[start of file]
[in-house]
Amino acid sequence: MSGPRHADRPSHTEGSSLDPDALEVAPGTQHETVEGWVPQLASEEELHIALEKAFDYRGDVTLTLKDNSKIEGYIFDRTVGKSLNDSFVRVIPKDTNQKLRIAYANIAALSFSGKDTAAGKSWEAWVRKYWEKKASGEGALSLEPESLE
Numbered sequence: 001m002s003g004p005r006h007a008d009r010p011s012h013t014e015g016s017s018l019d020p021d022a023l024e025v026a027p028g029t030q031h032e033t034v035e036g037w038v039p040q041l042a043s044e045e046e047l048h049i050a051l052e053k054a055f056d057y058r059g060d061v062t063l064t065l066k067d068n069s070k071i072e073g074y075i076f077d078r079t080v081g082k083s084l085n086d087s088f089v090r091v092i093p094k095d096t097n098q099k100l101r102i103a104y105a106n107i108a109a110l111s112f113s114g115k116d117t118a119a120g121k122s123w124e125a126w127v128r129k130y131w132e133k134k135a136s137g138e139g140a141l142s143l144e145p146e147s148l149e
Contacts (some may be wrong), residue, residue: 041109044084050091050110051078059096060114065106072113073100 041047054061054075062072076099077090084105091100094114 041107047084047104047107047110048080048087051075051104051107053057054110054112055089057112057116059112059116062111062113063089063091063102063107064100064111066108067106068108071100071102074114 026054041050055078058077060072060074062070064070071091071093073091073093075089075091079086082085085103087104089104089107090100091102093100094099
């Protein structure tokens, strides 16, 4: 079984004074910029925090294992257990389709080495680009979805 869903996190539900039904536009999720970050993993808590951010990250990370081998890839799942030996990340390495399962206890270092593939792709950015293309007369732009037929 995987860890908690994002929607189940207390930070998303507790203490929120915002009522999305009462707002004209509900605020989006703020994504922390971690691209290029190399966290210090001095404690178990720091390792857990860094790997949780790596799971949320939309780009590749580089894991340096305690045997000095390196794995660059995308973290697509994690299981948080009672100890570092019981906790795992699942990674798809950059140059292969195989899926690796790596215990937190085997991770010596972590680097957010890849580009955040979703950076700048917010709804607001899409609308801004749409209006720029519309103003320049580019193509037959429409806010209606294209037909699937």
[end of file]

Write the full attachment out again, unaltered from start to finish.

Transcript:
[in-house]
Amino acid sequence: MSGPRHADRPSHTEGSSLDPDALEVAPGTQHETVEGWVPQLASEEELHIALEKAFDYRGDVTLTLKDNSKIEGYIFDRTVGKSLNDSFVRVIPKDTNQKLRIAYANIAALSFSGKDTAAGKSWEAWVRKYWEKKASGEGALSLEPESLE
Numbered sequence: 001m002s003g004p005r006h007a008d009r010p011s012h013t014e015g016s017s018l019d020p021d022a023l024e025v026a027p028g029t030q031h032e033t034v035e036g037w038v039p040q041l042a043s044e045e046e047l048h049i050a051l052e053k054a055f056d057y058r059g060d061v062t063l064t065l066k067d068n069s070k071i072e073g074y075i076f077d078r079t080v081g082k083s084l085n086d087s088f089v090r091v092i093p094k095d096t097n098q099k100l101r102i103a104y105a106n107i108a109a110l111s112f113s114g115k116d117t118a119a120g121k122s123w124e125a126w127v128r129k130y131w132e133k134k135a136s137g138e139g140a141l142s143l144e145p146e147s148l149e
Contacts (some may be wrong), residue, residue: 041109044084050091050110051078059096060114065106072113073100 041047054061054075062072076099077090084105091100094114 041107047084047104047107047110048080048087051075051104051107053057054110054112055089057112057116059112059116062111062113063089063091063102063107064100064111066108067106068108071100071102074114 026054041050055078058077060072060074062070064070071091071093073091073093075089075091079086082085085103087104089104089107090100091102093100094099
């Protein structure tokens, strides 16, 4: 079984004074910029925090294992257990389709080495680009979805 869903996190539900039904536009999720970050993993808590951010990250990370081998890839799942030996990340390495399962206890270092593939792709950015293309007369732009037929 995987860890908690994002929607189940207390930070998303507790203490929120915002009522999305009462707002004209509900605020989006703020994504922390971690691209290029190399966290210090001095404690178990720091390792857990860094790997949780790596799971949320939309780009590749580089894991340096305690045997000095390196794995660059995308973290697509994690299981948080009672100890570092019981906790795992699942990674798809950059140059292969195989899926690796790596215990937190085997991770010596972590680097957010890849580009955040979703950076700048917010709804607001899409609308801004749409209006720029519309103003320049580019193509037959429409806010209606294209037909699937």